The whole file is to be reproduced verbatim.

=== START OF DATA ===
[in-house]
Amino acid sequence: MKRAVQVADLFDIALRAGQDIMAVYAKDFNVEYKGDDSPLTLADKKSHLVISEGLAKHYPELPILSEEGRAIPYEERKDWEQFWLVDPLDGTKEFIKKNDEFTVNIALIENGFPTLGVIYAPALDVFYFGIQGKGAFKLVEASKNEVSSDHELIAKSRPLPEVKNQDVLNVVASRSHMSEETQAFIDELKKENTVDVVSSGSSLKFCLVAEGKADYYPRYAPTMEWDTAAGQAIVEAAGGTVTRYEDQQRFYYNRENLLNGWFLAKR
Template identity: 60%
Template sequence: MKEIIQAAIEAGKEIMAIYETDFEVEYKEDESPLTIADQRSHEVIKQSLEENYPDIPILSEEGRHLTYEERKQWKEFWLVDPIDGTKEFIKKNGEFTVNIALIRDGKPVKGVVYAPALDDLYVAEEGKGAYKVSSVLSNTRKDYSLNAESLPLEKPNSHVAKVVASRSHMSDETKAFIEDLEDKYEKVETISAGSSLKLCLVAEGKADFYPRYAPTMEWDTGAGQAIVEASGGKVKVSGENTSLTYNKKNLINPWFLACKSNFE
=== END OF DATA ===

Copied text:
[in-house]
Amino acid sequence: MKRAVQVADLFDIALRAGQDIMAVYAKDFNVEYKGDDSPLTLADKKSHLVISEGLAKHYPELPILSEEGRAIPYEERKDWEQFWLVDPLDGTKEFIKKNDEFTVNIALIENGFPTLGVIYAPALDVFYFGIQGKGAFKLVEASKNEVSSDHELIAKSRPLPEVKNQDVLNVVASRSHMSEETQAFIDELKKENTVDVVSSGSSLKFCLVAEGKADYYPRYAPTMEWDTAAGQAIVEAAGGTVTRYEDQQRFYYNRENLLNGWFLAKR
Template identity: 60%
Template sequence: MKEIIQAAIEAGKEIMAIYETDFEVEYKEDESPLTIADQRSHEVIKQSLEENYPDIPILSEEGRHLTYEERKQWKEFWLVDPIDGTKEFIKKNGEFTVNIALIRDGKPVKGVVYAPALDDLYVAEEGKGAYKVSSVLSNTRKDYSLNAESLPLEKPNSHVAKVVASRSHMSDETKAFIEDLEDKYEKVETISAGSSLKLCLVAEGKADFYPRYAPTMEWDTGAGQAIVEASGGKVKVSGENTSLTYNKKNLINPWFLACKSNFE